The pressure of day to day performance evaluation makes many traders do irrational things. The trader may, for example, hold on to a stock as it goes lower and lower, or after losing money on one trade double the amount of money and shares on the next trade, only to see it go down also. The pressure to perform works on the psyche, causing most people to become less rational rather than more rational. In doing this we act on emotions and abandon any trading discipline we may have had. Once you are in this mode the three demons are in control and any chance of making real progress towards rational disciplined trading is gone. It’s just a matter of time before you lose all your money or you just stop trading, or both. Knowing the pitfalls of the trading game can help you recognize when you are out of control and need a psychological and emotional adjustment to regain the discipline needed to make money trading.
Most of us are exposed to performance standards from an early age. We are encouraged to “Do our best”, “Be as good as we can be”, and/or “Strive for the top”. We are graded throughout our school years to determine our standing as a student and a person. This mindset is one of the driving forces that motivate us throughout our adult life. Unfortunately, this mindset can get us into a lot of trouble in the trading arena. Stock trading is not about picking good stocks or being right about whether a stock will go up or down in the near future.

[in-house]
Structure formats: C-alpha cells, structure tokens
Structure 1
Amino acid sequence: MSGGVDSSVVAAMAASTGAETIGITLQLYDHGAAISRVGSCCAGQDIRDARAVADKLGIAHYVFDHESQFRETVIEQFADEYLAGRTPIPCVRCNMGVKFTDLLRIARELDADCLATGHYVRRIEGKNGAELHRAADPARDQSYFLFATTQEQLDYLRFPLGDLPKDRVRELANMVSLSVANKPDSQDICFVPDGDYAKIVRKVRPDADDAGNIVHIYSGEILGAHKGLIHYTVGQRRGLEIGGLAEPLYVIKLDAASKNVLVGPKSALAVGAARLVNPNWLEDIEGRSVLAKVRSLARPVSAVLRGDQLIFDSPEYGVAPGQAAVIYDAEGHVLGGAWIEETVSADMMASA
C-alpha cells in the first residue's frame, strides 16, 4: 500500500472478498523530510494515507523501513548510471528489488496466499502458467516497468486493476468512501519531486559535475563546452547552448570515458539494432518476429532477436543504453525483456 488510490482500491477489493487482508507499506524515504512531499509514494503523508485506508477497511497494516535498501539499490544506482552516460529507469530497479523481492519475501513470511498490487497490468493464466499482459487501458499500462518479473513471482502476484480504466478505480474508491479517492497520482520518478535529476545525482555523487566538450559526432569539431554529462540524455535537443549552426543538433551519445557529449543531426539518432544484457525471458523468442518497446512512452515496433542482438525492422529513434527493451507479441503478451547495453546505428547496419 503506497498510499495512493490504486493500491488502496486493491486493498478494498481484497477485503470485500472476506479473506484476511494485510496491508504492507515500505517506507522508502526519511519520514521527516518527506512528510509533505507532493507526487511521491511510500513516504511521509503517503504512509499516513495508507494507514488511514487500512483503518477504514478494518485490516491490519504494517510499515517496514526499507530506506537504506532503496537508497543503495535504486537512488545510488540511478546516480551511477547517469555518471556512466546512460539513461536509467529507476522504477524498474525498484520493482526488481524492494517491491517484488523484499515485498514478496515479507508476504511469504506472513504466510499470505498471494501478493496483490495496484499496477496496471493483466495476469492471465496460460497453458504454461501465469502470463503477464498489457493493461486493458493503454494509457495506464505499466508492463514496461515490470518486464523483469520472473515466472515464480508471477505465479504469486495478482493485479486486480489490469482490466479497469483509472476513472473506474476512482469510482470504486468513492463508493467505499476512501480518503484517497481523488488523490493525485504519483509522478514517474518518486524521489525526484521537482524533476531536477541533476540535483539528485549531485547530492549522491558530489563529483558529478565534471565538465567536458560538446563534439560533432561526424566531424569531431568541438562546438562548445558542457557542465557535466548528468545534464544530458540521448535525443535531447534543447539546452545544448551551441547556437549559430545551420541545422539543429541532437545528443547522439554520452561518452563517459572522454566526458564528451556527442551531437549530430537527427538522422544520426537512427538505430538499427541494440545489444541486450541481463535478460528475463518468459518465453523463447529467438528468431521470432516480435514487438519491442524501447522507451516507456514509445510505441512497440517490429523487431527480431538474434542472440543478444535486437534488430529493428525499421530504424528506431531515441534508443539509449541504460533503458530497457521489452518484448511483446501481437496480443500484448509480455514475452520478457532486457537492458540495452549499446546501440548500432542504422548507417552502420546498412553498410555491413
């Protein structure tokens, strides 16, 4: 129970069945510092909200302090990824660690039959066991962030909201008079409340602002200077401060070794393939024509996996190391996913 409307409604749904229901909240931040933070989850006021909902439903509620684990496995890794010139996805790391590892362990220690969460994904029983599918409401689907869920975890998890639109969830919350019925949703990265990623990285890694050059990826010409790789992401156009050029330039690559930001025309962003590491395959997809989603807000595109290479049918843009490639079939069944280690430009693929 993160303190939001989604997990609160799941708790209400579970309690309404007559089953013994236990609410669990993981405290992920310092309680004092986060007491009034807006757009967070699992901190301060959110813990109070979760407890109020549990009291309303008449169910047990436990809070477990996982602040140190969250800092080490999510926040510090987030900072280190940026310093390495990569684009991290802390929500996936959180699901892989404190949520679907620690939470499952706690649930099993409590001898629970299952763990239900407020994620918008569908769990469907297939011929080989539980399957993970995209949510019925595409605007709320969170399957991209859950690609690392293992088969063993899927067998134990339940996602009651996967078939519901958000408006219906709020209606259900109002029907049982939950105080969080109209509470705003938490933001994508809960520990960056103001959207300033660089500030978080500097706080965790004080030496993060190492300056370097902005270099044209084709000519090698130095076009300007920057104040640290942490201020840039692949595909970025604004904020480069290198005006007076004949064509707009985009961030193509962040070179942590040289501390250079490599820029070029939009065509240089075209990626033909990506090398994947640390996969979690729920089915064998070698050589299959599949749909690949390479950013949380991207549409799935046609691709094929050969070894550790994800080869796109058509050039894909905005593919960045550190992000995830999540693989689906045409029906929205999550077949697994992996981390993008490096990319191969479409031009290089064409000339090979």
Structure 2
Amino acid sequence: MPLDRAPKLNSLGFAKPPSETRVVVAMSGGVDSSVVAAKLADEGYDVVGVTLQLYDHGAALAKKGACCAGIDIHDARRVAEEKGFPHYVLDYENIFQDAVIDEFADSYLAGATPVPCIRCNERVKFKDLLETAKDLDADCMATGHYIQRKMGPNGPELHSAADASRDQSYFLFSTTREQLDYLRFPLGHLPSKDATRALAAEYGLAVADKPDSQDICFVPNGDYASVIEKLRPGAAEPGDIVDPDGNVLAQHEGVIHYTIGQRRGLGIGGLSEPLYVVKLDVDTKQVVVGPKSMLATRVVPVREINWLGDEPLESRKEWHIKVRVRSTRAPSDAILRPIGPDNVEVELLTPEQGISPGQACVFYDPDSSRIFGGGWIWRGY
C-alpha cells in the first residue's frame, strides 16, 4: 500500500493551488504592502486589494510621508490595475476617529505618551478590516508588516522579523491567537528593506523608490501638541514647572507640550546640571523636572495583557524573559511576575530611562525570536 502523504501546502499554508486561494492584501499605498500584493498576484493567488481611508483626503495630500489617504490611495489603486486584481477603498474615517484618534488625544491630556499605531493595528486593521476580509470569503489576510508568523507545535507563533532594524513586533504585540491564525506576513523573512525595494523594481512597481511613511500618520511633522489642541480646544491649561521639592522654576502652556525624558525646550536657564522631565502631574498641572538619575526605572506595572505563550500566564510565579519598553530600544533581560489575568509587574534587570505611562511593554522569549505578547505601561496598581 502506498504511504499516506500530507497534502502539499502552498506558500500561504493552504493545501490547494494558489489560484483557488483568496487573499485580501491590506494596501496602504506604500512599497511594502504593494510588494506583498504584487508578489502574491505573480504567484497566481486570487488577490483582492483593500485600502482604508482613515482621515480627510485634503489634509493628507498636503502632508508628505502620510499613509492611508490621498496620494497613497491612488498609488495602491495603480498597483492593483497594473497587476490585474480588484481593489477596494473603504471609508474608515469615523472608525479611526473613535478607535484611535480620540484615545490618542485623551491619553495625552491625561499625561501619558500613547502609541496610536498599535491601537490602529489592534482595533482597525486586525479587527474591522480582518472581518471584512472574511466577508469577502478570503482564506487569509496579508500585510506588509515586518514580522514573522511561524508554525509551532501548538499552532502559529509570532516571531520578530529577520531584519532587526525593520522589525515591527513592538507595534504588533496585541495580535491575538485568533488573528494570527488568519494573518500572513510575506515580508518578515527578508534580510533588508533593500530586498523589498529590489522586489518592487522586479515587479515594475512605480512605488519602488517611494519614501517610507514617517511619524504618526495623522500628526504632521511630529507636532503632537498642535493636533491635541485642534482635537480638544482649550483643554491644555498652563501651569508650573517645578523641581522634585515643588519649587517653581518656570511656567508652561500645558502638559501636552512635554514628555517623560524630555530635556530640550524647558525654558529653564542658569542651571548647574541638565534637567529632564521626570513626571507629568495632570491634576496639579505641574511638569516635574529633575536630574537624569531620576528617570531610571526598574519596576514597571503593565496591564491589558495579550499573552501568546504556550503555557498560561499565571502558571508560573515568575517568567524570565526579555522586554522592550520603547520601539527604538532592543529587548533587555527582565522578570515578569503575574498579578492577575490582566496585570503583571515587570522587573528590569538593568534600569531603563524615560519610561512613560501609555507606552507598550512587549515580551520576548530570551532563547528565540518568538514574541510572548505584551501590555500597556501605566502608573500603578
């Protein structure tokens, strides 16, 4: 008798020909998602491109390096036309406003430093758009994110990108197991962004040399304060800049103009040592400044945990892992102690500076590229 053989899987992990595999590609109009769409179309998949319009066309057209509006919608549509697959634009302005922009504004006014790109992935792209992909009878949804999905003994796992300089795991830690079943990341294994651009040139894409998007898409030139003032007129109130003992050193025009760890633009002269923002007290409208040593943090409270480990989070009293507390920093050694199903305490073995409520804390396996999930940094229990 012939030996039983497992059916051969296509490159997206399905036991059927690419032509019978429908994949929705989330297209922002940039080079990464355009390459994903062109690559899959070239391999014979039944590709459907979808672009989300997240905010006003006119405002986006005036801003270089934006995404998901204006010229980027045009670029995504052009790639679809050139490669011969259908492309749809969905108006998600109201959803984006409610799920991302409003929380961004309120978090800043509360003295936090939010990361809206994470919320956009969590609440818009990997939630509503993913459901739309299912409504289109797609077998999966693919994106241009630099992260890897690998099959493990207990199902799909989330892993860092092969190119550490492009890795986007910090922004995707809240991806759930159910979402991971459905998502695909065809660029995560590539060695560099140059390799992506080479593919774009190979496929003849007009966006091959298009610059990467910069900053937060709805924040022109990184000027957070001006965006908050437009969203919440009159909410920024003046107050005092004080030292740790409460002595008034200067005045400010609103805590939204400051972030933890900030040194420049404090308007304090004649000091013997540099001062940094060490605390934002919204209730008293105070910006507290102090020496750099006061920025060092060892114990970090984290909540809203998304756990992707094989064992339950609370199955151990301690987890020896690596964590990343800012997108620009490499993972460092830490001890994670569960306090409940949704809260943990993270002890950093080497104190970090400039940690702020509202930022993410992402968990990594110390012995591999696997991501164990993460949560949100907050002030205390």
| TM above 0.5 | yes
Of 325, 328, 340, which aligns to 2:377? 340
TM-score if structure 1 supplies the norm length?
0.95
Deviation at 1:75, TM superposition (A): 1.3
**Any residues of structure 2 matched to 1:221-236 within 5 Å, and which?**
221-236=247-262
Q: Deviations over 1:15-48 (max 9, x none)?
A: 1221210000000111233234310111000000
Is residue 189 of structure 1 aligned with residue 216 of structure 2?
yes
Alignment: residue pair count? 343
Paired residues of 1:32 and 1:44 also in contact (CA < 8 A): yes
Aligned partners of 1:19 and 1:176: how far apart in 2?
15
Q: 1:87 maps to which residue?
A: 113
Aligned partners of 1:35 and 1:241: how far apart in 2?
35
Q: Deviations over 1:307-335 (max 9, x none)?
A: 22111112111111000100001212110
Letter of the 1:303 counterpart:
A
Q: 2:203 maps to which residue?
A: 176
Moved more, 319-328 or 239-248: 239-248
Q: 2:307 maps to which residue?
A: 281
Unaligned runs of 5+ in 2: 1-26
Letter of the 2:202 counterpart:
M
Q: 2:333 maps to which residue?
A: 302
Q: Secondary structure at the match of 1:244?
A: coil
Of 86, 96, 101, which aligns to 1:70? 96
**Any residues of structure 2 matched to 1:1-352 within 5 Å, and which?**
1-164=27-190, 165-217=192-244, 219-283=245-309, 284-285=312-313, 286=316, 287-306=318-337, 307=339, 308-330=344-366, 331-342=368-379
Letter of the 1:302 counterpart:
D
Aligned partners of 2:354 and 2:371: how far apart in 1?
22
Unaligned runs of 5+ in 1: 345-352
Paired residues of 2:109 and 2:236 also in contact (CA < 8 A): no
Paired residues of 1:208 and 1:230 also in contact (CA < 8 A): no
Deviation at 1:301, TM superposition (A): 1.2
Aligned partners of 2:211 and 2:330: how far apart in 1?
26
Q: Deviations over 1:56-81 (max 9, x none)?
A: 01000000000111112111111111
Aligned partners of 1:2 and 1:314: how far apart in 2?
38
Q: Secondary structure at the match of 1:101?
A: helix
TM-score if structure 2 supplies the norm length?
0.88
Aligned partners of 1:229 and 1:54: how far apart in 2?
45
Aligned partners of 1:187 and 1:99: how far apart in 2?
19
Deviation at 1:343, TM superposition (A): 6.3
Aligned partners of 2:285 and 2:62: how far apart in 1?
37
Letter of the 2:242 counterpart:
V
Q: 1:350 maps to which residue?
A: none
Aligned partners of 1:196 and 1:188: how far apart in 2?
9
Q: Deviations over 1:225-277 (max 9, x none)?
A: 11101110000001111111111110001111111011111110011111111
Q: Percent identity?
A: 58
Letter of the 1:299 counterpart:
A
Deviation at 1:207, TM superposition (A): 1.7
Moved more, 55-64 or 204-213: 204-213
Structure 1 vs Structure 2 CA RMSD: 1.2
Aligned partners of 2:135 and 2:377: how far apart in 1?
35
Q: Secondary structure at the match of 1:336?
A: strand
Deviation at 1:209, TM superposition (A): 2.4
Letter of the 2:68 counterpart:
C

Stock trading is about knowing what to do with a stock, regardless of how it moves. Having the right training and tools gives us the edge to beat the three demons of profit making. Knowing your psychological strengths and weaknesses is the first step to better trading. Understanding how stress and our personal biases and what we believe can affect the decisions we make during the trading process and will lead to better trading.
Psychology, Mind Over Money
To make money trading stocks you need to look inside yourself. You need to find out who you are and the type of trader you think you are. If you’re a Type A personality, or highly competitive, your trading and decision making process may be a lot different than that of a less competitive person. If you’re an aggressive type, your tolerance for risk may be much higher than that of a less aggressive person. If you feel you have to be right most of the time, then your win-loss percentages will probably need to be greater than those of someone who can accept losing more often. Who you are, makes a big difference in how you trade and the strategies you use.